There were some small businesses who did express uncertainty about how to navigate this new form of marketing, and how they could do it with sincerity, without offending influencers when asking them to do a review of their products, or a sponsored post and so on.
And speaking of benefit to people’s lives, influencers themselves spoke up…
Influencers expressed the quagmire that sponsored posts and freebies left them in, in terms of businesses preferring to throw a free product at an influencer rather than actually paying them for a post. A lot of time, effort, creativity and skill is invested in producing one image to put on Instagram and influencers were frustrated that (particularly big) businesses did not acknowledge this, nor did they think it was worth paying for. What made it even worse was that these same businesses would then use these images (featuring their products) in their own marketing without asking for permission from the influencer/photographer, or paying them for it.
Despite this, influencers made sure to assert that this platform had given them incredible opportunities to connect with businesses and opportunities that they otherwise could not have come across, and that it gave them an opportunity to use their creativity to support themselves and their families financially.
They did acknowledge though that many, many influencers were not genuine. That the reason why businesses felt that they could simply throw a product at them without having to actually pay for what is effectively advertising, was because for every influencer who asserts their right to get paid fairly, there are ten other influencers willing to take the freebie and feature it on their accounts, whether or not they genuinely liked the product.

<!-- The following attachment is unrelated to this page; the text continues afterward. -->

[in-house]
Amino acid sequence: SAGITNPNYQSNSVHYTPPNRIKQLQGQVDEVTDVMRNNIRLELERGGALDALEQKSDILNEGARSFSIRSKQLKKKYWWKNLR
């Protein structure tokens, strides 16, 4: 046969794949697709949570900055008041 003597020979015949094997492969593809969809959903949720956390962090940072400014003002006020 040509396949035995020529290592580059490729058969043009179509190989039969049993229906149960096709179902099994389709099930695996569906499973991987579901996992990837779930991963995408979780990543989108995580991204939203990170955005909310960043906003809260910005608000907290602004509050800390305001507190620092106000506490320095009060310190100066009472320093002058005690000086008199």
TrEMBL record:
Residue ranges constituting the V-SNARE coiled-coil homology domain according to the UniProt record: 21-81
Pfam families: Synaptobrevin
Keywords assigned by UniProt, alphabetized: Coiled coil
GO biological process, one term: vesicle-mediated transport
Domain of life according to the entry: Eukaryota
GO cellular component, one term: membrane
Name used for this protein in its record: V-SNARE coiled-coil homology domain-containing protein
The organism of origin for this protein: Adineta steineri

Influencers also wanted people to stop criticising Instagram because…
One particular influencer that I follow myself shared an article about the need for people to stop slagging off Instagram (I can’t for the life of me find it anymore) because it was a unique way for creatives to be well, creative! She discussed how it pushed her to see and appreciate the beauty in their everyday lives, and more so, to be able to see and create a story through their photographs. She didn’t agree that capturing it in a photograph and sharing it hindered her ability to appreciate this beauty, and the moment. In fact, she felt that having that intention to share and capture was what made her see the beauty and the running threads between them.
To some extent I do agree. Since I’ve been on Instagram I have felt that opportunity to flex my creative muscles, and the joy in creating a story that was visually appealing but also added value to others’ lives. But I also believe that it comes at a cost. It drains your time and mental energy. And whenever I pick up my phone/camera to capture a moment I am reminded of that scene in the film “The Secret Life of Walter Mitty” where the photographer (Sean O’Connell) spies a snow leopard (which is a feat because they are very rare) and rather than capture it with his camera, he simple watches it. When Ben Stiller’s (Walter Mitty) character asks in disbelief why?!! he didn’t take the picture, the photographer replies:
“Sean O’Connell: Sometimes I don’t. If I like a moment, for me, personally, I don’t like to have the distraction of the camera. I just want to stay in it.
Walter Mitty: Stay in it?
Sean O’Connell: Yeah. Right there. Right here… Beautiful things don’t ask for attention.”